Friday, August 1, 2014

Work on the Floating Homestead

These last two days have been rather busy on the Floating Empire, doing work that needed doing, adding things to enhance our lives, and in general....well....keeping busy.

We spent a large part of yesterday in the water, replacing one of our floatation barrels that had collapsed.  I'll be doing video on this later, but if anyone knows why this happens, please let us know.  We have a couple of em that get flat spots and lose flotation, though they're not leaking.  So we dragged ourselves into the water, flooded and sank the offending barrel, flooded and sank the new one, and then installed and pumped it out so it would float up into place.

Yeah, that was about as much fun as it sounded.

We also have found that our barrels stay clean of algae and other river detritus if we go in monthly and hit them with a scrub brush, which we also took care of yesterday.

Then we did the bizarrely fun part.  Our elderly cat had no good way to get up into the loft, and seemed sad that she couldn't climb into bed with us the way she always had, so I built steps aft to accommodate her.....

....which she ignored.

So we figured, maybe they were too slick.  We had used stair risers as a construction material, and the stuff is pretty fine grained.  So we got a bit of carpet runner and affixed it to the steps to give her a little traction.

There we are.  Should be just fine now.  See how successful?
....ah well.  At least she can get DOWN them without killing herself now.

Speaking of steps, one of the things I'd never considered, living on a raft that is perpetually only some 14" above the water line, is the effect of tide on boarding and leaving the boat.
This 3' drop is typical.  When we got a low tide and a north wind, it was as much as 5'.  Sometimes it's as little as 1'.  I've had Morgainne come back in from trying to empty the trash saying "I Can't Get Off The BOAT!!"  Note the stepstool.  Not elegant, but it works.

 The State finally got us our decals for the registration on our dinghy....we'd been kind of leery of taking it out any distance without it as the local aquatic gendarmes are apparently a bit sticky about such things.  So we also spent a bit of time getting legal, as it were, and then took an all too civilized jaunt up middle river in our silent electric intex dinghy.

The electric drives are so pleasant.  No noise, no smell, you can hear the birds and the water.

I also managed to get some shelving installed that I've been tripping over since we took to the water.

All in all, it was rather a mixed bag.

Hard work, the simple decadence of knowing how to cook well, and a beautiful space in which to live.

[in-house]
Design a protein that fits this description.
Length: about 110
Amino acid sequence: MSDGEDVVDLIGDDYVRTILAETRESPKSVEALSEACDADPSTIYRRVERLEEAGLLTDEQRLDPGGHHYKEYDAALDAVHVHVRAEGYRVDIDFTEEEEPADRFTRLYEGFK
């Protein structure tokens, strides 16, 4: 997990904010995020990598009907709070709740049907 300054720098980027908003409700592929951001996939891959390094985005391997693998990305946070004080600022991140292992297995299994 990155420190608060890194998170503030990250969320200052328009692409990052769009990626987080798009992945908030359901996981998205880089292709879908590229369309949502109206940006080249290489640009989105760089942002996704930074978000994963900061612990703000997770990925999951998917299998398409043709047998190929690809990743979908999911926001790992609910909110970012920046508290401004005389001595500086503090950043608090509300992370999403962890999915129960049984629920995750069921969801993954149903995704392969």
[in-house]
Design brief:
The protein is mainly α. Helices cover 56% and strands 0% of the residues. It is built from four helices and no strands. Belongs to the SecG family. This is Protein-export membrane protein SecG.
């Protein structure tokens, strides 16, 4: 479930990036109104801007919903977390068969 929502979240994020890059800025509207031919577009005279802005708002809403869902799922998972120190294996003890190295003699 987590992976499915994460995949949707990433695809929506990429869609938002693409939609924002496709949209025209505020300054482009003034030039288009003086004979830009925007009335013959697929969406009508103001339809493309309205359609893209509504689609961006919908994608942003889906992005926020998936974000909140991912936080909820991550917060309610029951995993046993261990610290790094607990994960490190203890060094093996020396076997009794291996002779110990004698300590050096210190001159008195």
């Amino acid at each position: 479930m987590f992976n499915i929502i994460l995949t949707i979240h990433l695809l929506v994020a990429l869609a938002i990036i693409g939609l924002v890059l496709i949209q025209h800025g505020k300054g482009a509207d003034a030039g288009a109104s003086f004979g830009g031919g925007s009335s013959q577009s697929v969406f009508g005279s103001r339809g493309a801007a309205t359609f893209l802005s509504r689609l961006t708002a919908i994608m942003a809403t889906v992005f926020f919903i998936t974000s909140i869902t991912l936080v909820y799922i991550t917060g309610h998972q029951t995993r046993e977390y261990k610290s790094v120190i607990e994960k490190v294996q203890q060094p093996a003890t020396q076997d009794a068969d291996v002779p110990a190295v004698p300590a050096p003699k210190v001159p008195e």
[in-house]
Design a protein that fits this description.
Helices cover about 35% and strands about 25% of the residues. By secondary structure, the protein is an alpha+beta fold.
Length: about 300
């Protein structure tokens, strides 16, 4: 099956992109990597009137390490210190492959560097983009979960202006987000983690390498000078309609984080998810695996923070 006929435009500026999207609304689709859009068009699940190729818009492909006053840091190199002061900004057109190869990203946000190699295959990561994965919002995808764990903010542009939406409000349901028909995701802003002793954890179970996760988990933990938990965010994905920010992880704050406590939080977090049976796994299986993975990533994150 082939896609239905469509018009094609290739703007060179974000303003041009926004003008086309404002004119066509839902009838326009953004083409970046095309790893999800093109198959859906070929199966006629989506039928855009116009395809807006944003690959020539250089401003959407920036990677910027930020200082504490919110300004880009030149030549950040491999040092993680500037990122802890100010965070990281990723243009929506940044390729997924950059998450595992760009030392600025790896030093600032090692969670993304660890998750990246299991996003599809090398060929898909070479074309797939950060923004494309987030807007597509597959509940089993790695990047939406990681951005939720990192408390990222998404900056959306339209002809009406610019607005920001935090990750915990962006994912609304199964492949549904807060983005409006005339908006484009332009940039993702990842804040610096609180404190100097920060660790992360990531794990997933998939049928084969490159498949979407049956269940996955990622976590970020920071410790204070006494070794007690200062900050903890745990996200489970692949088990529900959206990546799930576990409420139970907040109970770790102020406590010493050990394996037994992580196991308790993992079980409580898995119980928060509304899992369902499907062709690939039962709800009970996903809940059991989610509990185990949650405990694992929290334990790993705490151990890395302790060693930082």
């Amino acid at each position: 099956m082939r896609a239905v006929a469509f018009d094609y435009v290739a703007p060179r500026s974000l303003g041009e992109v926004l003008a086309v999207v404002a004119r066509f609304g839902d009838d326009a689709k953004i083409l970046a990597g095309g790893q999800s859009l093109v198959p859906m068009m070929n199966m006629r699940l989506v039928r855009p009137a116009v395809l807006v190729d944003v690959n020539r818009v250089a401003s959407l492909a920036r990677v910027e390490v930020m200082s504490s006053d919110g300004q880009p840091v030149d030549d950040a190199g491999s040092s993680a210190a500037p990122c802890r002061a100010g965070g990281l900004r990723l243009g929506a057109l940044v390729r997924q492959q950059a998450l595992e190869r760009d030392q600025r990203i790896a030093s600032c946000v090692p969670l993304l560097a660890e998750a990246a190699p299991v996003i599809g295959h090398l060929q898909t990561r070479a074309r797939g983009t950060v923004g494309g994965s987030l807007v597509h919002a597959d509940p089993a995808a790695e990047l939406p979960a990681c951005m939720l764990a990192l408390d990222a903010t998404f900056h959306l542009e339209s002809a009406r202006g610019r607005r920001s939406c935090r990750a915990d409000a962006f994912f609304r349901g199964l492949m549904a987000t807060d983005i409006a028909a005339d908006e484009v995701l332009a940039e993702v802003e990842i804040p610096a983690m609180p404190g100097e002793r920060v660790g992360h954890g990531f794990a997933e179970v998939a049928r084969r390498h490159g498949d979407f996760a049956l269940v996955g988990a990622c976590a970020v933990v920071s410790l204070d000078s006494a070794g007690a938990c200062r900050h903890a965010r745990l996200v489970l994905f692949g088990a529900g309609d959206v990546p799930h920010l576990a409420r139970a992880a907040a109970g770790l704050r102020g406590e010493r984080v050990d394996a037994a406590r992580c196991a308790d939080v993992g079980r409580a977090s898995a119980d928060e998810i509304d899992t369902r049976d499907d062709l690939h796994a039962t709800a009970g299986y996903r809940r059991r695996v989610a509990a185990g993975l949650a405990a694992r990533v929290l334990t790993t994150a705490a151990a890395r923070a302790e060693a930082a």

More substantive stuff later, so stay tuned.

And check out Morgainne's companion blog by clicking HERE




  1. Looks like many improvements! I however, would not enjoy scrubbing the barrels during the winter season :-0

    1. Mercifully, the growth slows in cold weather. But perhaps I should buy a wet suit just in case

  2. Maybe the barrels are contracting with exposure to water which is colder than the air inside them was when the barrels were sealed?

    Or more likely, the barrels are not rigid enough to maintain their shape when compressed by the weight they bear?

    Either way, the fix might be the same.

    How about removing the offending barrels, and filling them with that 2-part expanding foam? Adds rigidity, and eliminates water intrusion. Be sure to get the stuff which doesn't absorb water, THAT would introduce a new problem!

    The downside: It's a lot of work, I'm sure. And you'll use a lot of it ($). And it would reduce the buoyancy of the barrels. But if you have enough reserve buoyancy, it might not be an issue.

    Or maybe buy new bungs for the barrels, put a tire valve in them, and then apply slight positive pressure to them (1-2 PSI)?


  3. The foam is a nonstarter I'm afraid, both due to finances and due to the loss of buoyancy. We did attempt to use our intex dinghy pump to reinflate one of the replaced barrels, with limited success. Actually i think the problem is likely overloading. This month, I'll be replacing some of the flattening barrels and adding another two to the front to increase our flotation at the bow, which seems to be the problem.

  4. Just as a follow up note, we've added additional "sea cell" type floatation (see the blog listing). The barrels don't seem to have picked up appreciable growth over the year, sparing us from doing any cleaning during the winter. Boy, am I happy this thing seems to be working well.